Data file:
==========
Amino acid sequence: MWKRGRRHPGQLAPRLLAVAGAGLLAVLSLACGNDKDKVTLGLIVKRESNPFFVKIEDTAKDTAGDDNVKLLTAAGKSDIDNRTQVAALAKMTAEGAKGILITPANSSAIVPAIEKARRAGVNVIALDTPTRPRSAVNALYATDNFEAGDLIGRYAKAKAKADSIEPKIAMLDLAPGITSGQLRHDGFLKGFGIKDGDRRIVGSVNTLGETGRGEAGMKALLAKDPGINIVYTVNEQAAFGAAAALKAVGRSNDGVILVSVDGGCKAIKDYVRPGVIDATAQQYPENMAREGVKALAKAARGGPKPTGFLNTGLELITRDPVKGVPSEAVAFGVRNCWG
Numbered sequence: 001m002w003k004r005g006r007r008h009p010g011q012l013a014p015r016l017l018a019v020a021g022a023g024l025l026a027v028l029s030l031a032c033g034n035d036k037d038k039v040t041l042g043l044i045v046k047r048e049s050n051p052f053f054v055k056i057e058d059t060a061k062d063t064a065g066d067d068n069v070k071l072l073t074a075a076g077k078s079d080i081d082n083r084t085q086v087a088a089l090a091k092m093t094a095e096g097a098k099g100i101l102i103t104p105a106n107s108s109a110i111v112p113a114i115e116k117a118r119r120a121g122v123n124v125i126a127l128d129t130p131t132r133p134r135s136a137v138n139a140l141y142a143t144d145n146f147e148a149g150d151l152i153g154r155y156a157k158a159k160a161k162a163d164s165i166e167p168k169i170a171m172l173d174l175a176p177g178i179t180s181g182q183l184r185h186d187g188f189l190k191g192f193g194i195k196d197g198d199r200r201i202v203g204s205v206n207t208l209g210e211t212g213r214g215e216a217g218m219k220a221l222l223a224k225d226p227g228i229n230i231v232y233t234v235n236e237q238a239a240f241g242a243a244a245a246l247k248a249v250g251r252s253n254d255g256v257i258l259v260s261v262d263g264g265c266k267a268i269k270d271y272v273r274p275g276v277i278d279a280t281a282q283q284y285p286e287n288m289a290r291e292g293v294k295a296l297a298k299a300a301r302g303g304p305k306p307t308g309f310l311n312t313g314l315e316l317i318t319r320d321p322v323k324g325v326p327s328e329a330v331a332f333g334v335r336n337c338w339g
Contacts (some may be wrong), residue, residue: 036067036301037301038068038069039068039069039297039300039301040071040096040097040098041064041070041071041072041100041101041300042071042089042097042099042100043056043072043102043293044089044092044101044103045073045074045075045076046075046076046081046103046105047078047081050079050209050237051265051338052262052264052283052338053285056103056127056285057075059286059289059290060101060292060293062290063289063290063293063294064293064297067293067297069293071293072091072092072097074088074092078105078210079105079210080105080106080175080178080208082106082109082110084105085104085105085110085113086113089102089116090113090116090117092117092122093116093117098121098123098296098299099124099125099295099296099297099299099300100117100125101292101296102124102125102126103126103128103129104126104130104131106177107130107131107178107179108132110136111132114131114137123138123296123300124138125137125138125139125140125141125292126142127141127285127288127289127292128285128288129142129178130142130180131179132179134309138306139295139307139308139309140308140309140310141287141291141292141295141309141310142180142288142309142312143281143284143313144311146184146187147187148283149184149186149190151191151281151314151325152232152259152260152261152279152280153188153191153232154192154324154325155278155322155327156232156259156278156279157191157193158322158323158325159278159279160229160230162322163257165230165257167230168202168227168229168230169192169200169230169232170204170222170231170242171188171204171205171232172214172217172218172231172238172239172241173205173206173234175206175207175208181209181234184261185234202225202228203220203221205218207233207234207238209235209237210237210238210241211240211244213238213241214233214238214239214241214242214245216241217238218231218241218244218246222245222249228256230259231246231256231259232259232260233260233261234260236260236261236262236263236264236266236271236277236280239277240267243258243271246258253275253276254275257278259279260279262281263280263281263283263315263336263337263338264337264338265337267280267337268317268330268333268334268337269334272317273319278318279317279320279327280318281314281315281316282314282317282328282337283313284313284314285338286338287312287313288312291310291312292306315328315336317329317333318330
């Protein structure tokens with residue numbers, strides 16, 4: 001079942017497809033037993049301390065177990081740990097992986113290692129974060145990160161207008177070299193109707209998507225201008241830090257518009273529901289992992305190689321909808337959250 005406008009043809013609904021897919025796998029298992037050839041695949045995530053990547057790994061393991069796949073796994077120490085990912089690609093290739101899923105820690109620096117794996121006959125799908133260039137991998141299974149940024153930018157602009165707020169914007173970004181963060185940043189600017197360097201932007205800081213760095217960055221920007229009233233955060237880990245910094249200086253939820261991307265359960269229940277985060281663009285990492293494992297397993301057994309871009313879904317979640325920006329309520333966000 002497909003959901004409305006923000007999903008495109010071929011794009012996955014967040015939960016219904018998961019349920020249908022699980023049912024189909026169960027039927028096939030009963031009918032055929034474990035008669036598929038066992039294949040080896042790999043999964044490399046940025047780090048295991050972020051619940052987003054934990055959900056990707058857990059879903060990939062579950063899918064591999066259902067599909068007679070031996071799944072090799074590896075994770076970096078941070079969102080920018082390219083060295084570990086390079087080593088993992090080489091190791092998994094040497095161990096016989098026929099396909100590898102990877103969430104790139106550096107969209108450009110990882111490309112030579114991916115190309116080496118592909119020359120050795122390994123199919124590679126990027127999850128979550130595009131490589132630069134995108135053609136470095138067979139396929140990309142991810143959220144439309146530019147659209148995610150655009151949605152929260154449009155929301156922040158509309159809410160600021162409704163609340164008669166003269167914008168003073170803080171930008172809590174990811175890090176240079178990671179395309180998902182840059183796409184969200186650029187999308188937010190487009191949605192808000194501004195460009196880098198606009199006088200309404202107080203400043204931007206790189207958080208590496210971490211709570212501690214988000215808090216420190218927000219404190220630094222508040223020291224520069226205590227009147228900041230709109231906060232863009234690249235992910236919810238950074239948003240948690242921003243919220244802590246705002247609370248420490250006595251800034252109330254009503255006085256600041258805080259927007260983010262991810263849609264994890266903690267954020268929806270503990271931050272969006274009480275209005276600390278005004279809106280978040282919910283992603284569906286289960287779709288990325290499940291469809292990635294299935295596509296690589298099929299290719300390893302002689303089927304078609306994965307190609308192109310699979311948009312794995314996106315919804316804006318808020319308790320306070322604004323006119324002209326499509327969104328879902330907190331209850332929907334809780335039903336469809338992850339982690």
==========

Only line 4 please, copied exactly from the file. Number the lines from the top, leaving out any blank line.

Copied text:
């Protein structure tokens with residue numbers, strides 16, 4: 001079942017497809033037993049301390065177990081740990097992986113290692129974060145990160161207008177070299193109707209998507225201008241830090257518009273529901289992992305190689321909808337959250 005406008009043809013609904021897919025796998029298992037050839041695949045995530053990547057790994061393991069796949073796994077120490085990912089690609093290739101899923105820690109620096117794996121006959125799908133260039137991998141299974149940024153930018157602009165707020169914007173970004181963060185940043189600017197360097201932007205800081213760095217960055221920007229009233233955060237880990245910094249200086253939820261991307265359960269229940277985060281663009285990492293494992297397993301057994309871009313879904317979640325920006329309520333966000 002497909003959901004409305006923000007999903008495109010071929011794009012996955014967040015939960016219904018998961019349920020249908022699980023049912024189909026169960027039927028096939030009963031009918032055929034474990035008669036598929038066992039294949040080896042790999043999964044490399046940025047780090048295991050972020051619940052987003054934990055959900056990707058857990059879903060990939062579950063899918064591999066259902067599909068007679070031996071799944072090799074590896075994770076970096078941070079969102080920018082390219083060295084570990086390079087080593088993992090080489091190791092998994094040497095161990096016989098026929099396909100590898102990877103969430104790139106550096107969209108450009110990882111490309112030579114991916115190309116080496118592909119020359120050795122390994123199919124590679126990027127999850128979550130595009131490589132630069134995108135053609136470095138067979139396929140990309142991810143959220144439309146530019147659209148995610150655009151949605152929260154449009155929301156922040158509309159809410160600021162409704163609340164008669166003269167914008168003073170803080171930008172809590174990811175890090176240079178990671179395309180998902182840059183796409184969200186650029187999308188937010190487009191949605192808000194501004195460009196880098198606009199006088200309404202107080203400043204931007206790189207958080208590496210971490211709570212501690214988000215808090216420190218927000219404190220630094222508040223020291224520069226205590227009147228900041230709109231906060232863009234690249235992910236919810238950074239948003240948690242921003243919220244802590246705002247609370248420490250006595251800034252109330254009503255006085256600041258805080259927007260983010262991810263849609264994890266903690267954020268929806270503990271931050272969006274009480275209005276600390278005004279809106280978040282919910283992603284569906286289960287779709288990325290499940291469809292990635294299935295596509296690589298099929299290719300390893302002689303089927304078609306994965307190609308192109310699979311948009312794995314996106315919804316804006318808020319308790320306070322604004323006119324002209326499509327969104328879902330907190331209850332929907334809780335039903336469809338992850339982690």